Extension of JOINs: Other Applications of Dimensions

The definition of dimensions gives us a clearer view of the database structure.

The following is our familiar Entity-Relationship (E-R) diagram:


It is a net structure. The foreign key relationships between entities (tables) are drawn directly on the diagram. When there are a lot of entities, the diagram looks messy with lines spread in every direction because any two entities could have an associative relationship. The data structure is tightly coupled. When adding or deleting an entity, we need to take care of all the entities with which it associates. It is very likely that we miss an associative relationship or create a two-way connection.

With dimensions abstracted from the database structure, we can connect tables to them in a bus-based network:


All the dimensions are listed in the center of the data structure. The entities (tables) are connected to the dimensions instead of to each other, creating a loosely coupled data structure. Adding or deleting an entity won’t affect other entities and there won’t be any omission or re-connection.

One thing we need to know is that, if drawn correctly, the number of associative lines in an E-R diagram and that in a bus-based network are nearly the same. This is because the number of lines is determined by the data associative relationships. Though the associative lines in a bus-based network are not less than those in an E-R diagram, the former shows the data structure in a clearer way.

In an effort to provide associative query ability, some BI products allow non-IT employees to view the associative relationships between tables (which is a part of the E-R diagram). The solution is basically impractical because they find it difficult to understand the diagram. There should be a practical solution that enables the non-IT employees to get a proper associative relationship intelligently according to their selected data items (fields).  

With the concept of dimensions, this goal can be achieved to some extent.  

After fields arearbitrarily selected, the tables where these fields are located, homo-dimension fields between these tables (primary key fieldsare preferred) are looked for, and a JOIN relationship is established based on the homo-dimension fields. When only one field ina table andthe primary key field of another table havethe same dimension, in most cases the JOIN relationship established based on these two fields is correct. In reality, when the data structure is not particularly complex, this condition can usually be met andcorrect association can really be automatically established based on the selected data items. Some BI products do make it.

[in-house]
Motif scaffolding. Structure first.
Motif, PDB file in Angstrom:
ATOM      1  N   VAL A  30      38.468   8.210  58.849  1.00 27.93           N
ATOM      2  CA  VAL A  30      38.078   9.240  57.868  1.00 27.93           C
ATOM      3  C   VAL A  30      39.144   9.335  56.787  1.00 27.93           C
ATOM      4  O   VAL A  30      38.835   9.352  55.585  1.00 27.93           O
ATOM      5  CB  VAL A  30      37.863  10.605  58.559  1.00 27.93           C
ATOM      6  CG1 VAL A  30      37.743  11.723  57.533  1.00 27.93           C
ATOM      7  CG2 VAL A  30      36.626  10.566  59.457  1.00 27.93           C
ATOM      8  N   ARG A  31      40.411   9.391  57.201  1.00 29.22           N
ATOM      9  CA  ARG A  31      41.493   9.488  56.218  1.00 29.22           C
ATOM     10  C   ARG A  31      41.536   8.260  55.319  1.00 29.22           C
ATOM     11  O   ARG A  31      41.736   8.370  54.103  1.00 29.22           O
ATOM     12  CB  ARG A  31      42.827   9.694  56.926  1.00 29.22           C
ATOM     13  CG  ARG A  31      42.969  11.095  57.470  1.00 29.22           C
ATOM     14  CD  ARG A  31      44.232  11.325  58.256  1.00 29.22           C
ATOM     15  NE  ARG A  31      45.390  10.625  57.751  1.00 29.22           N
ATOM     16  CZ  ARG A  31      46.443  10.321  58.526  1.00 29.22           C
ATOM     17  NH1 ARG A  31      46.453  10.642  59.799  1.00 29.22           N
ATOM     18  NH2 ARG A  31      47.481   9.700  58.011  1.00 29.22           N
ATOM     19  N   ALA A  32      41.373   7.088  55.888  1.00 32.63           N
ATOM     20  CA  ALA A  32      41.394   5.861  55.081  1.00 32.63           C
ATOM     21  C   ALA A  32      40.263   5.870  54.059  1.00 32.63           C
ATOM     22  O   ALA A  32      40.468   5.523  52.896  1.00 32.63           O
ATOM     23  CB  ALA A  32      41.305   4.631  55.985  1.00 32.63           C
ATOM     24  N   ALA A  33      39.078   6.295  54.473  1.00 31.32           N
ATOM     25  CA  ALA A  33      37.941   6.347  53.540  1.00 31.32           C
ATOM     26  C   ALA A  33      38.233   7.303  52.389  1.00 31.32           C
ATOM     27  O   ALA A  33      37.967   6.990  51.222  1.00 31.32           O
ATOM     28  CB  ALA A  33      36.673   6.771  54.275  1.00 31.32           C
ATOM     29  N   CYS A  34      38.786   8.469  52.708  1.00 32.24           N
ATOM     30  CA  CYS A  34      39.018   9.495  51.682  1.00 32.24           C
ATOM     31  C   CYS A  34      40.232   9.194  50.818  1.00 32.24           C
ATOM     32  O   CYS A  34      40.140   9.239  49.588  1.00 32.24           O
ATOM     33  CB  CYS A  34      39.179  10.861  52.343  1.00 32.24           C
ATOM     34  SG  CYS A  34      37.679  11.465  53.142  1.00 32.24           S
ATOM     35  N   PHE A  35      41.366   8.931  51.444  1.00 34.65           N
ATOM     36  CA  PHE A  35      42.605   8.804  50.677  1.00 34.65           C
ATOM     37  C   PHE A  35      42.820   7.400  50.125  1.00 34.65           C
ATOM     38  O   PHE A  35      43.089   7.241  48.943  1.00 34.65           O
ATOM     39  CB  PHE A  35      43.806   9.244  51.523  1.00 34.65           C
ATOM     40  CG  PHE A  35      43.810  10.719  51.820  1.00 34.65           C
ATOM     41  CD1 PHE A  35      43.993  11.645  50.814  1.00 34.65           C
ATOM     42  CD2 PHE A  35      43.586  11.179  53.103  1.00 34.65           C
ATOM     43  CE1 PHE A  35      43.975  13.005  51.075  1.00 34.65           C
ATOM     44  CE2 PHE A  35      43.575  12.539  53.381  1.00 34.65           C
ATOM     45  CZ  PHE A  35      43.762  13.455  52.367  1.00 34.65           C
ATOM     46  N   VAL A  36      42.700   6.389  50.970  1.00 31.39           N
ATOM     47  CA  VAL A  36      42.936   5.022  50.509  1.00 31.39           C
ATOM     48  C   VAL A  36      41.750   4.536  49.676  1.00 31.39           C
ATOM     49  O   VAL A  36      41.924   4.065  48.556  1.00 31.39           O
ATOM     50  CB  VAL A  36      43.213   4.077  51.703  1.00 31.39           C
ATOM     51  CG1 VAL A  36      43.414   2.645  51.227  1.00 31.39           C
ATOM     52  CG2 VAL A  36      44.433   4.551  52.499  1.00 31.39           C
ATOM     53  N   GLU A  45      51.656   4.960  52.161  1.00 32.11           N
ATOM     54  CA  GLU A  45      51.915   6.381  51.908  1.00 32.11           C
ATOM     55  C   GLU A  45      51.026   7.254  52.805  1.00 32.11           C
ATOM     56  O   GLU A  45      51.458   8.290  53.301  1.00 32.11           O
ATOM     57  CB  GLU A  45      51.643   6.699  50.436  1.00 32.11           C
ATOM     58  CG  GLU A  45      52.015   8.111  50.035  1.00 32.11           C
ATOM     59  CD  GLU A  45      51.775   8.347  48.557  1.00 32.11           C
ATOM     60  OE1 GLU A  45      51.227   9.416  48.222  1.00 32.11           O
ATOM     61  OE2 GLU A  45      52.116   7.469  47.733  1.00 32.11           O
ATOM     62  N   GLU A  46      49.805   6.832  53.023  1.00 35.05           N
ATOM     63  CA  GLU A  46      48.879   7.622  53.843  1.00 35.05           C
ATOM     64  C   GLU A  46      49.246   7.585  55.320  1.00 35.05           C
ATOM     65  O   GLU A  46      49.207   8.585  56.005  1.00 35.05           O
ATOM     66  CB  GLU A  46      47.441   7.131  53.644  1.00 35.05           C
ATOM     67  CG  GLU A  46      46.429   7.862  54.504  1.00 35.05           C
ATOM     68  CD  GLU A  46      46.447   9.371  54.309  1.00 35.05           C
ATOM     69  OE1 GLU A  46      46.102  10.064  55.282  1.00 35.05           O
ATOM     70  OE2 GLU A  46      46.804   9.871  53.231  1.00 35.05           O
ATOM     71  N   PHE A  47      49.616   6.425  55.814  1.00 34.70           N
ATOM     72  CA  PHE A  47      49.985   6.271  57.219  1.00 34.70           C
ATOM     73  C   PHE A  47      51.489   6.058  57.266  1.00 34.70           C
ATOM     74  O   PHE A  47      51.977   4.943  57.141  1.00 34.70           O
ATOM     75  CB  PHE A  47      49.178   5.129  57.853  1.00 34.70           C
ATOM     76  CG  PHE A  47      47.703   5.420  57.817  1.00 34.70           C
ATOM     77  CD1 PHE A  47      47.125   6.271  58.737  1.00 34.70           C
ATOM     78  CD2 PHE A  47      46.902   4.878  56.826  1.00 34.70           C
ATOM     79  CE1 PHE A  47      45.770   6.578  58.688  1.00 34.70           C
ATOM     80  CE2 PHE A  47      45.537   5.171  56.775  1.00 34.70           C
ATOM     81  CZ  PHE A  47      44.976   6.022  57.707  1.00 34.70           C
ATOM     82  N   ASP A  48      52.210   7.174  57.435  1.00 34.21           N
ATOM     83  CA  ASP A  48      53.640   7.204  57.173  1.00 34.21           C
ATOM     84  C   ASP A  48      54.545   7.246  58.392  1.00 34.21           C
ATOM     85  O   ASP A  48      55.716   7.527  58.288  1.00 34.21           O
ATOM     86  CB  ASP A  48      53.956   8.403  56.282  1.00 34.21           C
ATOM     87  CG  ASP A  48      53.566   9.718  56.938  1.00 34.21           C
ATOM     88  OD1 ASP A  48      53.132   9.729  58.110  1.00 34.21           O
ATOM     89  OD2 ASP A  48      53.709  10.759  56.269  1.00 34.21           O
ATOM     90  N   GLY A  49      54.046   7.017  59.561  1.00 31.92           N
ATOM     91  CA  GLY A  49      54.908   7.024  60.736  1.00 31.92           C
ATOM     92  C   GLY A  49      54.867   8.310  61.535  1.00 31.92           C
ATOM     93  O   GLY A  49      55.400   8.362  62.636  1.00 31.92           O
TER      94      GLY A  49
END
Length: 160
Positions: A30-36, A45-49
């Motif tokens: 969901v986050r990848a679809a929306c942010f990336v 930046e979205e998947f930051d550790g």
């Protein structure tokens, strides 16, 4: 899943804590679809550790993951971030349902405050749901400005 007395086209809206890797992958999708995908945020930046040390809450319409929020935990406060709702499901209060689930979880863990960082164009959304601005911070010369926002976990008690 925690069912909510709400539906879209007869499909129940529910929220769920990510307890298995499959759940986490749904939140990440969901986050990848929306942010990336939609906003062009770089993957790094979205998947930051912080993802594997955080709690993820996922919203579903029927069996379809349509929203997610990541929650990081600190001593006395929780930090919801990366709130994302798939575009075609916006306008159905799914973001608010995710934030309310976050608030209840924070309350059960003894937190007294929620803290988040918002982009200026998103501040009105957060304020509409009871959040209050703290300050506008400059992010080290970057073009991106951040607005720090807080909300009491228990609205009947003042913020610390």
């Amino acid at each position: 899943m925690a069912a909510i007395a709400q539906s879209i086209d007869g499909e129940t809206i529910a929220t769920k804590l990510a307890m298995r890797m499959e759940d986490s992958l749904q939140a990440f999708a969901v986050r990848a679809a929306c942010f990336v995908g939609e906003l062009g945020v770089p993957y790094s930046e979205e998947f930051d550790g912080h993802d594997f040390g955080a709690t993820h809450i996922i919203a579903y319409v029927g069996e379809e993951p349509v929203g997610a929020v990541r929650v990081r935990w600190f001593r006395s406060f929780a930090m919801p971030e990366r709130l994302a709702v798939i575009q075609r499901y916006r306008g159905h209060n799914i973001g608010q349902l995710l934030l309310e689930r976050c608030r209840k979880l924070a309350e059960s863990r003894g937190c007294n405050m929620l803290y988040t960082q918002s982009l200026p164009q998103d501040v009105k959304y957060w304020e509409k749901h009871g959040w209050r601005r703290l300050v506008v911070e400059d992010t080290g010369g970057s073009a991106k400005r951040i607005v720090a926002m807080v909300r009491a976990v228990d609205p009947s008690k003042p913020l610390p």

But with SQL syntax, this approach cannot deal with a table’sself-association and the existence of multiple homo-dimensionfields between tables and multiple recursive associations. It is the DQL syntax that cansolve the association issues at the root.

As previously said, homo-dimension fields will be JOINed. That’s what the DQL syntax does.As long as fields (including general fields) are homo-dimension, they can be JOINed. But does such a JOIN always have business significance?

The answer is yes.JOINs between homo-dimension fieldsalways have value in business. In turn, fields to be JOINed must behomo-dimension;otherwise, the JOIN will be meaningless.But, JOINs between non-homo-dimension fields are not prohibited in SQL, as long as the fields have the same data type. That the associative fields in two tables are homo-dimension means a JOIN between them is meaningful. DQL ensures that tables are JOINed over homo-dimension fields.

The GROUP BY clause in DQL always corresponds to the ON clause (for a single table,the query can be regarded as one with the ON clause omitted). That is to say, GROUP BY is always performed overa certain dimension. This reflects the fact that group operationsover measuresare meaningless. As SQLdoes not define the concepts of dimension and measure, it does not prohibit operations over measures. DQL, by contrast,ensures that each group operation is meaningful in business.

Thiscan improve the performance of groupoperations. The rangeof values ofa dimension attributeisdetermined by the length of the dimension table. Since adimension table is always known in advance,we can use a method similar to radix sort algorithm to speed up the performance. This method can also be used to perform a sortingover adimension. Sincethe algorithm isless relevant to our topic, wewill not go into the details.